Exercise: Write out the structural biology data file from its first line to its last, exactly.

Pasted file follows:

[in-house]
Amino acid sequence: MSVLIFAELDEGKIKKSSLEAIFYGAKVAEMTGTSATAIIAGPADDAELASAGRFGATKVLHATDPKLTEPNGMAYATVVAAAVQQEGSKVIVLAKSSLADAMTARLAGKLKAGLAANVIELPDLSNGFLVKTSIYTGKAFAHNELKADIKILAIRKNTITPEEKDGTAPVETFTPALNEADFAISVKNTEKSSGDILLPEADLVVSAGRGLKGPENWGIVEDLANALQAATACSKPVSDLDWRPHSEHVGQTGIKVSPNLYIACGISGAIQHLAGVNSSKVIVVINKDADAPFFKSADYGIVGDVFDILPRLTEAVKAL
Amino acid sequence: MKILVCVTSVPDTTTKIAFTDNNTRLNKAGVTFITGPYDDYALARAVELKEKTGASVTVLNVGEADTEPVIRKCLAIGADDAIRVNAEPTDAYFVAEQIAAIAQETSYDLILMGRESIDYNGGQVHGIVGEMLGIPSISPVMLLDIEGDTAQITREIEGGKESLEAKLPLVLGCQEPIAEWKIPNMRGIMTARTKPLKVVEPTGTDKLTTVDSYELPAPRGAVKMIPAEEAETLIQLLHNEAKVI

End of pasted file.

[in-house]
Amino acid sequence: MSVLIFAELDEGKIKKSSLEAIFYGAKVAEMTGTSATAIIAGPADDAELASAGRFGATKVLHATDPKLTEPNGMAYATVVAAAVQQEGSKVIVLAKSSLADAMTARLAGKLKAGLAANVIELPDLSNGFLVKTSIYTGKAFAHNELKADIKILAIRKNTITPEEKDGTAPVETFTPALNEADFAISVKNTEKSSGDILLPEADLVVSAGRGLKGPENWGIVEDLANALQAATACSKPVSDLDWRPHSEHVGQTGIKVSPNLYIACGISGAIQHLAGVNSSKVIVVINKDADAPFFKSADYGIVGDVFDILPRLTEAVKAL
Amino acid sequence: MKILVCVTSVPDTTTKIAFTDNNTRLNKAGVTFITGPYDDYALARAVELKEKTGASVTVLNVGEADTEPVIRKCLAIGADDAIRVNAEPTDAYFVAEQIAAIAQETSYDLILMGRESIDYNGGQVHGIVGEMLGIPSISPVMLLDIEGDTAQITREIEGGKESLEAKLPLVLGCQEPIAEWKIPNMRGIMTARTKPLKVVEPTGTDKLTTVDSYELPAPRGAVKMIPAEEAETLIQLLHNEAKVI